The Bentonville office is a few blocks from Walmart’s corporate headquarters.
“Building out a full-service dedicated Walmart team has certainly been a critical component of our overall strategic business plan,” said managing partner Tyler Lowell.
“Between a significant amount of current and new clients communicating a high level of interest, along with finding the right leader, we’re thrilled to announce our September launch[ of our Arkansas location],” he added.
C.A. Fortune has also named Tyler Gill as the regional office’s VP and Walmart team leader. Gill previously worked as VP for Acosta Sales & Marketing’s Bentonville team.
Commenting on his new role, Gill said: “Fresh categories and better-for-you options have become a major growth opportunity for retailers and CPG manufacturers.
“As a result, Walmart is keenly focused on their most productive growth opportunities and continues to prioritize lifestyle brands.”
The agency now has seven offices with 400 employees across the US, including Cincinnati, New York, Dallas, Denver, San Francisco, Los Angeles, in addition to Bentonville.
Pushing fresh snacks and baked goods to the front
According to Lowell, Walmart has been revamping its store fronts by replacing conventional food items, including those in the bakery and snacks categories, with healthier versions.
“When you look at [its] bakery section, or fresh on a more general level, one of the things you are seeing is that brands often times are proactively getting out into the front of a retailer,” he said, noting retailers are thinking how their merchandising strategy can better resonate with the consumer, especially millennials.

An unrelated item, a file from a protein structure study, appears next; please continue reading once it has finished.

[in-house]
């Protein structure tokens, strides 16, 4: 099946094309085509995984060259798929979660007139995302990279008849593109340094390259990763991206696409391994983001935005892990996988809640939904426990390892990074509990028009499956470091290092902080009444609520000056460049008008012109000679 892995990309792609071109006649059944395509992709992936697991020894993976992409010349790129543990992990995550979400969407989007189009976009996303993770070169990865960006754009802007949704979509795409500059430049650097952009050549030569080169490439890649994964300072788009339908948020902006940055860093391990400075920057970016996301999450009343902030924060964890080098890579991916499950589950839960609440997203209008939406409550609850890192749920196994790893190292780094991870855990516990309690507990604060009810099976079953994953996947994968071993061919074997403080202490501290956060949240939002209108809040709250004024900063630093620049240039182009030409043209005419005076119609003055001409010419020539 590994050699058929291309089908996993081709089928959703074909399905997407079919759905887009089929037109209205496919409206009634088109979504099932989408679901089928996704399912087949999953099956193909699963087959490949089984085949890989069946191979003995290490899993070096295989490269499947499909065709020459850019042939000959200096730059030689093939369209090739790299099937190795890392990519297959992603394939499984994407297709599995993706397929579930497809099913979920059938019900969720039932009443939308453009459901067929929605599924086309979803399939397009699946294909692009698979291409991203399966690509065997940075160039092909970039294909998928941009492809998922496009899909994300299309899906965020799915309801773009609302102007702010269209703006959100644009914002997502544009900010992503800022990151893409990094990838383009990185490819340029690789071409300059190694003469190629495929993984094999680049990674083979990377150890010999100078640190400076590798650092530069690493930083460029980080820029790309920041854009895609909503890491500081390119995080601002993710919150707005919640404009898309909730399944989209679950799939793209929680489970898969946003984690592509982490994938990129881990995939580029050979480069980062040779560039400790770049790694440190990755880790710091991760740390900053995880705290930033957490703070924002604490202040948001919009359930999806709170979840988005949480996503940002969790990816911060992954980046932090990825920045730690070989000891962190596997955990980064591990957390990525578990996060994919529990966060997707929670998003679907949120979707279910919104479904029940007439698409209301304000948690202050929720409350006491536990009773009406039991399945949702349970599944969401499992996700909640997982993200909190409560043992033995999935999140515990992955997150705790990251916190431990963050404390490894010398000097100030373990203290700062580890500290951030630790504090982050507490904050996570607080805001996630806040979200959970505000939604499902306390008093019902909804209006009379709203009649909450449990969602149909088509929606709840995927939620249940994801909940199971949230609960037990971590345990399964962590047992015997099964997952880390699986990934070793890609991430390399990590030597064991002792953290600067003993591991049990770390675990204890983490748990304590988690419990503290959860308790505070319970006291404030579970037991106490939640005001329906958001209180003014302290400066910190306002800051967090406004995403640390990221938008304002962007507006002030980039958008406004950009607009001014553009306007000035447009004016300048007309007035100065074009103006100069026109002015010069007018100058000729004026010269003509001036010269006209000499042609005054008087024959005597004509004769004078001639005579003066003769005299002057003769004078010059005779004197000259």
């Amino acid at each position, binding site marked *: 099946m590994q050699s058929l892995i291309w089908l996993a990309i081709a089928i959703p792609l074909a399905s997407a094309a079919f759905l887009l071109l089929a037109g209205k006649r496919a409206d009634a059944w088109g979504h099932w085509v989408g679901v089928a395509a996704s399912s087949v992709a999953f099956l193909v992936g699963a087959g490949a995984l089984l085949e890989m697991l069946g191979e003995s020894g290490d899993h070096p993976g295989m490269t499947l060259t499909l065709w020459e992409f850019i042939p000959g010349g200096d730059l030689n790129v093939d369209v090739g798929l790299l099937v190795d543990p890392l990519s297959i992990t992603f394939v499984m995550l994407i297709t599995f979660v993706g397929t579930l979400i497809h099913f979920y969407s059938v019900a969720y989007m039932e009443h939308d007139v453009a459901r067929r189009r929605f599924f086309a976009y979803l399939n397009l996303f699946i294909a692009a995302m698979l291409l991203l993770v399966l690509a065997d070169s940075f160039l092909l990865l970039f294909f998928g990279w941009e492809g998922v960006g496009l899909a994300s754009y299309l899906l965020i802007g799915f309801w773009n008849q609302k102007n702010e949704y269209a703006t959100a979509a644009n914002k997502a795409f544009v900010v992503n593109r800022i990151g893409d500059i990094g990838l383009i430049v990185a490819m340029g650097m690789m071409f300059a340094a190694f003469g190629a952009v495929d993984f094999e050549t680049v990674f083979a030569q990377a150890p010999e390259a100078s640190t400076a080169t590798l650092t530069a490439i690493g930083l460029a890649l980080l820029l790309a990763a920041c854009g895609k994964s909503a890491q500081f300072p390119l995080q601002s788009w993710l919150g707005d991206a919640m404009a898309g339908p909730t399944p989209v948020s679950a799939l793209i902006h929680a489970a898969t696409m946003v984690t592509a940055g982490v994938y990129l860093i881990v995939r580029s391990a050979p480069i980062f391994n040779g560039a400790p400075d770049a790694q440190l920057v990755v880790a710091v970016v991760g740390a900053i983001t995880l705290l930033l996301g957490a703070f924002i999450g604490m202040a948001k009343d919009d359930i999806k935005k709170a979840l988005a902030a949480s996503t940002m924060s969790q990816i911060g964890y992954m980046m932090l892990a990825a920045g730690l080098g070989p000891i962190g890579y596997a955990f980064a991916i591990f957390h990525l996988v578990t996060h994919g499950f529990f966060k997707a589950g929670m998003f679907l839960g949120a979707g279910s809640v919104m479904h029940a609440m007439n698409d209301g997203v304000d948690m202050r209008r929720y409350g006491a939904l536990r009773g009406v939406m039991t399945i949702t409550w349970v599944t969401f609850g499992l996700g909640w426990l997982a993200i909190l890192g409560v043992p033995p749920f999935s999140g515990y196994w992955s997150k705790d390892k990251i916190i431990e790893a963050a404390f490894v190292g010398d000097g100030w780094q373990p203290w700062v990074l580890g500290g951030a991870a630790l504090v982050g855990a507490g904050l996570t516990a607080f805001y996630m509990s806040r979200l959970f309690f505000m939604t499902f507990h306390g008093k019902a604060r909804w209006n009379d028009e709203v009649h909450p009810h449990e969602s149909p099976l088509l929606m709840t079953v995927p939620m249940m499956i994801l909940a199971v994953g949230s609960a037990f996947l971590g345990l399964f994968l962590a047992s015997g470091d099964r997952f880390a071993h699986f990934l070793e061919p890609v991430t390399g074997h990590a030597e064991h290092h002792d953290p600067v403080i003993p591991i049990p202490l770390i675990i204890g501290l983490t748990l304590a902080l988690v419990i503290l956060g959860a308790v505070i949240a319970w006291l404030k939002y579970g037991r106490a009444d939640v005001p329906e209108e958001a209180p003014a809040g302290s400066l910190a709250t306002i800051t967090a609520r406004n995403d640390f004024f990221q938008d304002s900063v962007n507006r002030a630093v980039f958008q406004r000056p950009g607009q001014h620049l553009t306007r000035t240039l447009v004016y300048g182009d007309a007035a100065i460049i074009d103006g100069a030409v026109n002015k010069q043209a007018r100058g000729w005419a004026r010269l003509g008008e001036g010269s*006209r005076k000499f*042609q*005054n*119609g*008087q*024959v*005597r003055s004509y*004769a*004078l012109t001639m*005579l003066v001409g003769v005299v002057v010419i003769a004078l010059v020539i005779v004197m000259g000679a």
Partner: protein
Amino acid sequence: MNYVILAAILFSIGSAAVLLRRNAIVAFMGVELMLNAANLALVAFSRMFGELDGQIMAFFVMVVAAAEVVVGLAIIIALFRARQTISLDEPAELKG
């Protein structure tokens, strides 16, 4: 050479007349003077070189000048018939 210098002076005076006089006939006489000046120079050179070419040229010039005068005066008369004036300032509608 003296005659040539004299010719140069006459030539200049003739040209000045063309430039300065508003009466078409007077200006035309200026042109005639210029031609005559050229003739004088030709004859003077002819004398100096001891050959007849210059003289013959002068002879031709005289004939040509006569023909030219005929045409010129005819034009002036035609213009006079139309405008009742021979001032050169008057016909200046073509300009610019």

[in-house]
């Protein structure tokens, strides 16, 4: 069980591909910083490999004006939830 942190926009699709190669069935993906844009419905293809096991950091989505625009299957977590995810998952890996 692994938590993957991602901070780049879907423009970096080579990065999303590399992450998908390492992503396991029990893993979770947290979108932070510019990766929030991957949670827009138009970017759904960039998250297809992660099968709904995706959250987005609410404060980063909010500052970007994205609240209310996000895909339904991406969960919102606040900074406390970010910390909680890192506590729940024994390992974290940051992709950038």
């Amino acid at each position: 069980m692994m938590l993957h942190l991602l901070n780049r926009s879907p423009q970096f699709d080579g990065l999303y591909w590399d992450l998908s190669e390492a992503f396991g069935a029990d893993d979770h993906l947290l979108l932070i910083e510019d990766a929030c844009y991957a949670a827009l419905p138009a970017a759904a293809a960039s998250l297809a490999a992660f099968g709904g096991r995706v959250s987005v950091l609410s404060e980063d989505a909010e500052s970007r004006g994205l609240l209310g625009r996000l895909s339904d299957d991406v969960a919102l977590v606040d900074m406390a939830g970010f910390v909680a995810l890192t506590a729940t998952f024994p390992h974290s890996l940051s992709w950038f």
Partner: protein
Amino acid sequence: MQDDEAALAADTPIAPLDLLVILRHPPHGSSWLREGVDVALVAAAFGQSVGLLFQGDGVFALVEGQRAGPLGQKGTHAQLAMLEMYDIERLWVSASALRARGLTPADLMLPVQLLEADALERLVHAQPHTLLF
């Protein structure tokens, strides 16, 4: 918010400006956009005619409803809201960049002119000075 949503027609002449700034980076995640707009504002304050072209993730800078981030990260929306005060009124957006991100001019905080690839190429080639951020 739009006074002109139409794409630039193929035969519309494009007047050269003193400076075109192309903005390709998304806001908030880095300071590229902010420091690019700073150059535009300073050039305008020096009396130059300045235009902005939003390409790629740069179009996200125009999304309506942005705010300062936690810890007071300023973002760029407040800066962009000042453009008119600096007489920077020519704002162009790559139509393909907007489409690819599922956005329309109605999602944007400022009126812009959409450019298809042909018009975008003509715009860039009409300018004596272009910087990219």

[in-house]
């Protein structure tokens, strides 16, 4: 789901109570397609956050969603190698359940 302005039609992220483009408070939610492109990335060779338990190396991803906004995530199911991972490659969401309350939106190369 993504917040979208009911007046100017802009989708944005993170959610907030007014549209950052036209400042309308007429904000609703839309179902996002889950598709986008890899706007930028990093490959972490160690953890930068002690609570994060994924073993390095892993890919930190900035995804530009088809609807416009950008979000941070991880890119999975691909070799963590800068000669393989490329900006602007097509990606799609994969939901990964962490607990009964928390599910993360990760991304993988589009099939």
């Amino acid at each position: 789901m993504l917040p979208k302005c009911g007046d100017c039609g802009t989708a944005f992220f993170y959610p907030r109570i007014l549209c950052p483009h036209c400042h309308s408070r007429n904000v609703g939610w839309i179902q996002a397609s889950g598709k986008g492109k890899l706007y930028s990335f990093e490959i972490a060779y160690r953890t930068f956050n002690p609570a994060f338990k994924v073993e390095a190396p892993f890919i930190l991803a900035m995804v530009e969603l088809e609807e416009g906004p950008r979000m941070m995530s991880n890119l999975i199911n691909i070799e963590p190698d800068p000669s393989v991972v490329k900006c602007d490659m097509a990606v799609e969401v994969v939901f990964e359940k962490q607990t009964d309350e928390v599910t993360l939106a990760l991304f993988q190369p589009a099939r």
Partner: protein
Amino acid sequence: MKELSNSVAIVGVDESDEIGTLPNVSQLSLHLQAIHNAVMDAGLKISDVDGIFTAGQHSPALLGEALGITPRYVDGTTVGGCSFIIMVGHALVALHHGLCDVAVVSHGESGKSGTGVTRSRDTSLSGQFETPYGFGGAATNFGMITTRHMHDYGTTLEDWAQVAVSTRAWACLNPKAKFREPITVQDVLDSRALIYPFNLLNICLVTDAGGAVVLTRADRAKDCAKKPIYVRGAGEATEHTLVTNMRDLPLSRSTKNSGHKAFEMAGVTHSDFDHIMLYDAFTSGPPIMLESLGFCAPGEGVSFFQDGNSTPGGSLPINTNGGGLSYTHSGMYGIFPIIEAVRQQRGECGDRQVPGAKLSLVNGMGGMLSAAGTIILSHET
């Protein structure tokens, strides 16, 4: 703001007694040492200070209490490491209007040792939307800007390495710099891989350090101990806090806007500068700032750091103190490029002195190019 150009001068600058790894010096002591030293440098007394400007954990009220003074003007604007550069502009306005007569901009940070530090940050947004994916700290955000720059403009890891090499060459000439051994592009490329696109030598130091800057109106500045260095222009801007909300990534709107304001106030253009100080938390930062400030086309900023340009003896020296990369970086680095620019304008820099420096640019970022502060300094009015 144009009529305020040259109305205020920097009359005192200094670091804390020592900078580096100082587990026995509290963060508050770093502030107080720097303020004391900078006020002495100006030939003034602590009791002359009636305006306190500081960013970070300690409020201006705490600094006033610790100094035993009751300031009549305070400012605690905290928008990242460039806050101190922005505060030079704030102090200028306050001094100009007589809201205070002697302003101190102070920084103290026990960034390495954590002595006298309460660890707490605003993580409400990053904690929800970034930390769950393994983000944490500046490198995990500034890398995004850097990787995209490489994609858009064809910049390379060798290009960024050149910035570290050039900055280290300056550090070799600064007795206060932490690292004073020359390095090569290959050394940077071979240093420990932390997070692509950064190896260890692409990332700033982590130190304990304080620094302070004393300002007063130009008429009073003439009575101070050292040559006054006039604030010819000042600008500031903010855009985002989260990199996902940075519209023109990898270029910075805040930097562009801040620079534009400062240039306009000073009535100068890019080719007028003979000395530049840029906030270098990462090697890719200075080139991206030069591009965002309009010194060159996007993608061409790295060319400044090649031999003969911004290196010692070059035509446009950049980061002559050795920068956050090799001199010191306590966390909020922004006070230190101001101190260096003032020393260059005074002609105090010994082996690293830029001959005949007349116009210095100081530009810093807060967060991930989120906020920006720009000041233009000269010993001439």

“The reality is consumers are looking for more wholesome, lifestyle-centric brands,” which he noted is particularly true with in-store bakery goods. Bagels, for example, are targeting health-conscious shoppers with more nutritious ingredients.
The retailers’ shift towards healthy foods has taken a toll on CPG brands that are traditionally considered indulgent, including Hostess.
According to the Twinkies maker’s recent Q2 earnings, CEO Andy Callahan said sales had been impacted by “a decline in retail inventory and consumer pool due to lower promotional support from one large retail partner,” which was later revealed to be Walmart by RBC Capital’s analyst David Palmer.
Callahan said the retailer’s “lifestyle display philosophy” had cost 12.6% of the Hostess’ point of sales during the period.
Hostess has certainly been challenged by more nutrition-forward brands and US retailers that have “changed their game,” said Lowell. “It can either think about reformulating its products… or playing the risky bet” by sticking to its current recipes.
New snacking trends
Lowell said snacks made with superfoods, such as chia seeds, will be prioritized in-store by retailers.
“You will continue to see infused or integrated ingredients in your products, such as plant-based protein,” he said, adding that manufacturers need to think through a “go-forward game plan” to build what new-to-the-market products will look like.